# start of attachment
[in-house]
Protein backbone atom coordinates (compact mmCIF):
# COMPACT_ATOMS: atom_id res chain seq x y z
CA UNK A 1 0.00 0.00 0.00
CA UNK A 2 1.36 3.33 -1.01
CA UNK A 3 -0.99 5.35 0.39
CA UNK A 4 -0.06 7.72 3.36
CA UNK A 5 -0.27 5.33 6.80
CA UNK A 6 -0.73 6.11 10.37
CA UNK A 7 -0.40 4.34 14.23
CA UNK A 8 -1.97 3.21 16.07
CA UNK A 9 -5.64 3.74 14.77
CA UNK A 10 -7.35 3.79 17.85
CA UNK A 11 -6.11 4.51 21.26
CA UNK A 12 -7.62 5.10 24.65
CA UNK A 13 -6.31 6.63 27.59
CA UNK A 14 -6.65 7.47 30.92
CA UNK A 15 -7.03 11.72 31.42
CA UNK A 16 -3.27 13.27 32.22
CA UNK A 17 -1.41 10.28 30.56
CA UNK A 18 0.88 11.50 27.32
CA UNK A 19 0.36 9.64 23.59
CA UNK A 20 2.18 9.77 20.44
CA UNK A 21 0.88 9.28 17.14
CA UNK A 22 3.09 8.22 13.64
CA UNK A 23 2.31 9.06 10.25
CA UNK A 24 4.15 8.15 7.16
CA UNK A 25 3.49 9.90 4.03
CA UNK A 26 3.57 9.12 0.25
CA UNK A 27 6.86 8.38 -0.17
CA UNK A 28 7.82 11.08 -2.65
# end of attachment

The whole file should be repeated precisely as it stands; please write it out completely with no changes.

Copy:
[in-house]
Protein backbone atom coordinates (compact mmCIF):
# COMPACT_ATOMS: atom_id res chain seq x y z
CA UNK A 1 0.00 0.00 0.00
CA UNK A 2 1.36 3.33 -1.01
CA UNK A 3 -0.99 5.35 0.39
CA UNK A 4 -0.06 7.72 3.36
CA UNK A 5 -0.27 5.33 6.80
CA UNK A 6 -0.73 6.11 10.37
CA UNK A 7 -0.40 4.34 14.23
CA UNK A 8 -1.97 3.21 16.07
CA UNK A 9 -5.64 3.74 14.77
CA UNK A 10 -7.35 3.79 17.85
CA UNK A 11 -6.11 4.51 21.26
CA UNK A 12 -7.62 5.10 24.65
CA UNK A 13 -6.31 6.63 27.59
CA UNK A 14 -6.65 7.47 30.92
CA UNK A 15 -7.03 11.72 31.42
CA UNK A 16 -3.27 13.27 32.22
CA UNK A 17 -1.41 10.28 30.56
CA UNK A 18 0.88 11.50 27.32
CA UNK A 19 0.36 9.64 23.59
CA UNK A 20 2.18 9.77 20.44
CA UNK A 21 0.88 9.28 17.14
CA UNK A 22 3.09 8.22 13.64
CA UNK A 23 2.31 9.06 10.25
CA UNK A 24 4.15 8.15 7.16
CA UNK A 25 3.49 9.90 4.03
CA UNK A 26 3.57 9.12 0.25
CA UNK A 27 6.86 8.38 -0.17
CA UNK A 28 7.82 11.08 -2.65